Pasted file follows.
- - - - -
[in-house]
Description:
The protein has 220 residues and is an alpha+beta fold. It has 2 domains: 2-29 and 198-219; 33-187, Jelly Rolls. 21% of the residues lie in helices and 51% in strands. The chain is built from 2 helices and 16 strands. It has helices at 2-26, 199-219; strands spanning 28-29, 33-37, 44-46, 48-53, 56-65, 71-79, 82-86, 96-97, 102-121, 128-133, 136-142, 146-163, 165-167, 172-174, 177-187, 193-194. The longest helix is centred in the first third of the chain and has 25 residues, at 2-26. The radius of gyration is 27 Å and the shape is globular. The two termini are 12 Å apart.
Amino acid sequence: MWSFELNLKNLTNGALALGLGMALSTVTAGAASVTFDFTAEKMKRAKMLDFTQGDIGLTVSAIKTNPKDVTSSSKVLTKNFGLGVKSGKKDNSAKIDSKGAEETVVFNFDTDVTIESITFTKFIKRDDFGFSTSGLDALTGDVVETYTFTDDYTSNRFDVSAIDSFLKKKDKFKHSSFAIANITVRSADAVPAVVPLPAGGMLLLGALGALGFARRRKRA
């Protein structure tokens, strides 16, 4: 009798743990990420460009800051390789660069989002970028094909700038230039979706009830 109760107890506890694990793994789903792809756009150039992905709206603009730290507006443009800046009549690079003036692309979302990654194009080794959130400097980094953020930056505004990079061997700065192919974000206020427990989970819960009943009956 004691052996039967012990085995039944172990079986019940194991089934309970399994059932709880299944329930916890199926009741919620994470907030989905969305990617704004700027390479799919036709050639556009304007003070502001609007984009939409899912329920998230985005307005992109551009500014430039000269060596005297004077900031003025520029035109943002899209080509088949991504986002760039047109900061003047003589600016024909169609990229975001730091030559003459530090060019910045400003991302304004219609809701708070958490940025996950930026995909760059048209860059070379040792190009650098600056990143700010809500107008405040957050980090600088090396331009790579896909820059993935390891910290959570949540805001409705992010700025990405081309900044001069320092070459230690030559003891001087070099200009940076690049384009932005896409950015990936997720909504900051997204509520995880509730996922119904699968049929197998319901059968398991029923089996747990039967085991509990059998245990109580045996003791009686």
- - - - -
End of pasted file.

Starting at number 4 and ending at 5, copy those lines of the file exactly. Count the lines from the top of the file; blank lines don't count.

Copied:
Amino acid sequence: MWSFELNLKNLTNGALALGLGMALSTVTAGAASVTFDFTAEKMKRAKMLDFTQGDIGLTVSAIKTNPKDVTSSSKVLTKNFGLGVKSGKKDNSAKIDSKGAEETVVFNFDTDVTIESITFTKFIKRDDFGFSTSGLDALTGDVVETYTFTDDYTSNRFDVSAIDSFLKKKDKFKHSSFAIANITVRSADAVPAVVPLPAGGMLLLGALGALGFARRRKRA
């Protein structure tokens, strides 16, 4: 009798743990990420460009800051390789660069989002970028094909700038230039979706009830 109760107890506890694990793994789903792809756009150039992905709206603009730290507006443009800046009549690079003036692309979302990654194009080794959130400097980094953020930056505004990079061997700065192919974000206020427990989970819960009943009956 004691052996039967012990085995039944172990079986019940194991089934309970399994059932709880299944329930916890199926009741919620994470907030989905969305990617704004700027390479799919036709050639556009304007003070502001609007984009939409899912329920998230985005307005992109551009500014430039000269060596005297004077900031003025520029035109943002899209080509088949991504986002760039047109900061003047003589600016024909169609990229975001730091030559003459530090060019910045400003991302304004219609809701708070958490940025996950930026995909760059048209860059070379040792190009650098600056990143700010809500107008405040957050980090600088090396331009790579896909820059993935390891910290959570949540805001409705992010700025990405081309900044001069320092070459230690030559003891001087070099200009940076690049384009932005896409950015990936997720909504900051997204509520995880509730996922119904699968049929197998319901059968398991029923089996747990039967085991509990059998245990109580045996003791009686």